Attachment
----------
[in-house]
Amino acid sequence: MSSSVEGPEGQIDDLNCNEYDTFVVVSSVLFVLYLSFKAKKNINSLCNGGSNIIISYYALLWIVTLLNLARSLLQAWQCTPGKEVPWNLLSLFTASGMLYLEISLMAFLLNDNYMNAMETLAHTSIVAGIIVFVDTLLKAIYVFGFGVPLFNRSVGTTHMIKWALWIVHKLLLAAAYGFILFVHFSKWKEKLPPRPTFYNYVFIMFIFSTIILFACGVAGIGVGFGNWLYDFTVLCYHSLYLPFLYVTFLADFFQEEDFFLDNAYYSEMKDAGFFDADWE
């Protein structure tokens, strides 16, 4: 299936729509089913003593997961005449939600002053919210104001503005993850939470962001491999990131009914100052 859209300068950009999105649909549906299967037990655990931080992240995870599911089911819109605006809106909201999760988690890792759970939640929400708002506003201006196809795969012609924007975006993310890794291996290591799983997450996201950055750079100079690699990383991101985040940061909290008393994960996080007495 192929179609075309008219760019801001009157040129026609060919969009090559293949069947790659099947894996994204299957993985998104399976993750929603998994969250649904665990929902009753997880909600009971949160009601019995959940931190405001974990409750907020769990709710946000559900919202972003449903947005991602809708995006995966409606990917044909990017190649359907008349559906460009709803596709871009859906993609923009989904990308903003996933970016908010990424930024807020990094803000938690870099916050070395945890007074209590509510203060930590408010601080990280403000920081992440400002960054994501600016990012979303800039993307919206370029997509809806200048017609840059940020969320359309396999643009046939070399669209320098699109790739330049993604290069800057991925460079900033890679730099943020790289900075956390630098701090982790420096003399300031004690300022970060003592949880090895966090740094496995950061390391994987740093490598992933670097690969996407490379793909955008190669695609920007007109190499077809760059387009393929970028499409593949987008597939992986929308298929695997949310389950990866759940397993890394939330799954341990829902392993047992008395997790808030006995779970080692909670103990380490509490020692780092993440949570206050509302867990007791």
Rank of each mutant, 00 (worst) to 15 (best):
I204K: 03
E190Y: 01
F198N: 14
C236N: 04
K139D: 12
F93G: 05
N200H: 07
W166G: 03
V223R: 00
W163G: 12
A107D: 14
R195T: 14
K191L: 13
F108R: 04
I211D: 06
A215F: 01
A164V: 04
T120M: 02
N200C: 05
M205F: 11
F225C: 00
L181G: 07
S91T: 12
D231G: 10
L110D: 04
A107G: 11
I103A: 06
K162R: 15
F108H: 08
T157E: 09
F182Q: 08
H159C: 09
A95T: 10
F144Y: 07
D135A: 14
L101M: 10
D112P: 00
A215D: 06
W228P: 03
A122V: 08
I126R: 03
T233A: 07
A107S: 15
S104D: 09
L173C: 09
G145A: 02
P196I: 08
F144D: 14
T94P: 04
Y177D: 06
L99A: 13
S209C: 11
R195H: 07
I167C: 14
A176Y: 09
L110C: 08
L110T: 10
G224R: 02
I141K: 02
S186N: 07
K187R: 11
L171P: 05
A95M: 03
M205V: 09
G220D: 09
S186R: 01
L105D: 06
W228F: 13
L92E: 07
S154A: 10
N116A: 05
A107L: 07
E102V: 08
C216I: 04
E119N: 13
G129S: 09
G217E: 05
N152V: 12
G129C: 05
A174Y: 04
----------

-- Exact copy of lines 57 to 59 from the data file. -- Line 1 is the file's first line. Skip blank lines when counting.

R195H: 07
I167C: 14
A176Y: 09